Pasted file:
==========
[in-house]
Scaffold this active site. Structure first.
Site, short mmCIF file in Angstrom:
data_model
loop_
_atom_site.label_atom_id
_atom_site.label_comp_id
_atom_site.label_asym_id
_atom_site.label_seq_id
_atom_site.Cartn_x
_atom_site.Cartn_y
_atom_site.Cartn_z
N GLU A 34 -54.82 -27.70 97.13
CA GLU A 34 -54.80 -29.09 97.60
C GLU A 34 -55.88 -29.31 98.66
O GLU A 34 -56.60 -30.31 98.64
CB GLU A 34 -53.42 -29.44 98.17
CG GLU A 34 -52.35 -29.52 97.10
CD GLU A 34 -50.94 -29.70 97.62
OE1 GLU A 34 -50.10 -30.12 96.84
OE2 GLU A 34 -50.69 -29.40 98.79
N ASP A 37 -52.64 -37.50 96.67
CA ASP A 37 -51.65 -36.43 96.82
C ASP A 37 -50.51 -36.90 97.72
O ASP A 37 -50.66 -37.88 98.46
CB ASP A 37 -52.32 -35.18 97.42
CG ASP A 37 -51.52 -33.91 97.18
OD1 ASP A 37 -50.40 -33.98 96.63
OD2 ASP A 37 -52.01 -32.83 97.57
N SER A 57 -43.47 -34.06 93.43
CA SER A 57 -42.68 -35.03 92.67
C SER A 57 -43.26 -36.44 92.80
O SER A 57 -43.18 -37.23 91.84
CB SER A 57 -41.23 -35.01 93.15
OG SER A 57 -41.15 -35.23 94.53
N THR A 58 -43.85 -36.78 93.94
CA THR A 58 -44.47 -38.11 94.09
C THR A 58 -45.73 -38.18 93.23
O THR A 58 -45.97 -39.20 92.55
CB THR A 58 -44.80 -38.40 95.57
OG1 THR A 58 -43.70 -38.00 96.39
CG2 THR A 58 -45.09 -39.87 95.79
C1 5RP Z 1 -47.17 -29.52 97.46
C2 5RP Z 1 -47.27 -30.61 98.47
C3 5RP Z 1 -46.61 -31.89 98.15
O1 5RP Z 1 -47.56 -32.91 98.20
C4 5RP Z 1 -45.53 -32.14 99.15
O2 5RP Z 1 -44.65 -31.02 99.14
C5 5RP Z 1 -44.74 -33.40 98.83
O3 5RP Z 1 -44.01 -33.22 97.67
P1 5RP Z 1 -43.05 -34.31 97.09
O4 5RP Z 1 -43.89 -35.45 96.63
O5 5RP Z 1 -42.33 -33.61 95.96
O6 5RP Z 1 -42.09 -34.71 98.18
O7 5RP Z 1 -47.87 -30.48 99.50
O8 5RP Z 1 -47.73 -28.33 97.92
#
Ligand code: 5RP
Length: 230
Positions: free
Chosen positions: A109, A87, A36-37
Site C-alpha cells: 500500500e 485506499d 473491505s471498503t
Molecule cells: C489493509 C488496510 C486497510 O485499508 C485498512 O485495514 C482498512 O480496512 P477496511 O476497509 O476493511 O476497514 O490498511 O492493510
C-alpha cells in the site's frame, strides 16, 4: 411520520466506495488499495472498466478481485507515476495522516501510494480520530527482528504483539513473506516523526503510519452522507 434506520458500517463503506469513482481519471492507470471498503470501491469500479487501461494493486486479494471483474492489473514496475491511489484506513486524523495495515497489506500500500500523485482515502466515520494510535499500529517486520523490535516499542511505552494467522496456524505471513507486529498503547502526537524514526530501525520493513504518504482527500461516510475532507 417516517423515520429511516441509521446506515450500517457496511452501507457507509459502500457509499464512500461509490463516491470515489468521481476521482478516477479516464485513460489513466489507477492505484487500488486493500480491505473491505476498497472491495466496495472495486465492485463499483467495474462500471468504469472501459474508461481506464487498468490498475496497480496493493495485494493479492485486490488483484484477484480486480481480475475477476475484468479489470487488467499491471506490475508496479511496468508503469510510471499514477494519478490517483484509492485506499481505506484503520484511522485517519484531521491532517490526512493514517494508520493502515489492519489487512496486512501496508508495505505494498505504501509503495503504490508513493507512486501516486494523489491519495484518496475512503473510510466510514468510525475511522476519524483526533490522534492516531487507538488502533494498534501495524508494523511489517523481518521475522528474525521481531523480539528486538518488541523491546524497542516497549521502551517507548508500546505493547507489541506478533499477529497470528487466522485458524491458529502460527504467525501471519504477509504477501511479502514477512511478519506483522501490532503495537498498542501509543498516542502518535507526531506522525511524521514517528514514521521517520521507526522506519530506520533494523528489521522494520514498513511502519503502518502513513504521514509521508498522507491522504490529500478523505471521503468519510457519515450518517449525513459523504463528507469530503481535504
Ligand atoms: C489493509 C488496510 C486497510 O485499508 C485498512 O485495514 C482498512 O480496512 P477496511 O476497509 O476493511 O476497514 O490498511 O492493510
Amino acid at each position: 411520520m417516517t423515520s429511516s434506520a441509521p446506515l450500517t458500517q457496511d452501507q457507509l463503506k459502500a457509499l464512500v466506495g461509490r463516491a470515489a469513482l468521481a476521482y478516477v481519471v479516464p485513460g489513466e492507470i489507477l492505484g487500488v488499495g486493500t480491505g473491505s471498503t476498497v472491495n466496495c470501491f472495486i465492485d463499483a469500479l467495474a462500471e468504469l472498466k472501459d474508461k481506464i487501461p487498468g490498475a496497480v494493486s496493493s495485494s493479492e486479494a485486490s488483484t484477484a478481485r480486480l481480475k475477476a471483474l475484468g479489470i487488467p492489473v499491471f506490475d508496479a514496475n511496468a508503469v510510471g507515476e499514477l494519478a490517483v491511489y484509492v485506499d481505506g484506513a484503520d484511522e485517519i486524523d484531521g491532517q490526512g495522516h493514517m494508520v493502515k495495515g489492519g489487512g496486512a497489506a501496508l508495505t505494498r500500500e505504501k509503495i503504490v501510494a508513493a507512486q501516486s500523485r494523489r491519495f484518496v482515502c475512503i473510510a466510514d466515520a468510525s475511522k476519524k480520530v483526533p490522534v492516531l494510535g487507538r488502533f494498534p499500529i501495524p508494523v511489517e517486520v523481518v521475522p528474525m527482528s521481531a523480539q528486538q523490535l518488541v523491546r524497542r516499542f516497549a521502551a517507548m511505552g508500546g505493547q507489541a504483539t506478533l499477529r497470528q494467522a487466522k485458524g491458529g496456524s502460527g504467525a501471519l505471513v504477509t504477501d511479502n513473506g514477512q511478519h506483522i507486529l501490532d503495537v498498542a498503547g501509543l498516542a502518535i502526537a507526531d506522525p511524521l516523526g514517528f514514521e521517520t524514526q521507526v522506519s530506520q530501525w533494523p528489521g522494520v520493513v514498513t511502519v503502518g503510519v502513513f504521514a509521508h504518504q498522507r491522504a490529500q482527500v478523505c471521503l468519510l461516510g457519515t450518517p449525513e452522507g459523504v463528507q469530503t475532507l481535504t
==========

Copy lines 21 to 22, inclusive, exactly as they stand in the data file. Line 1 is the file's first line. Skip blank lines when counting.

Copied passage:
OE2 GLU A 34 -50.69 -29.40 98.79
N ASP A 37 -52.64 -37.50 96.67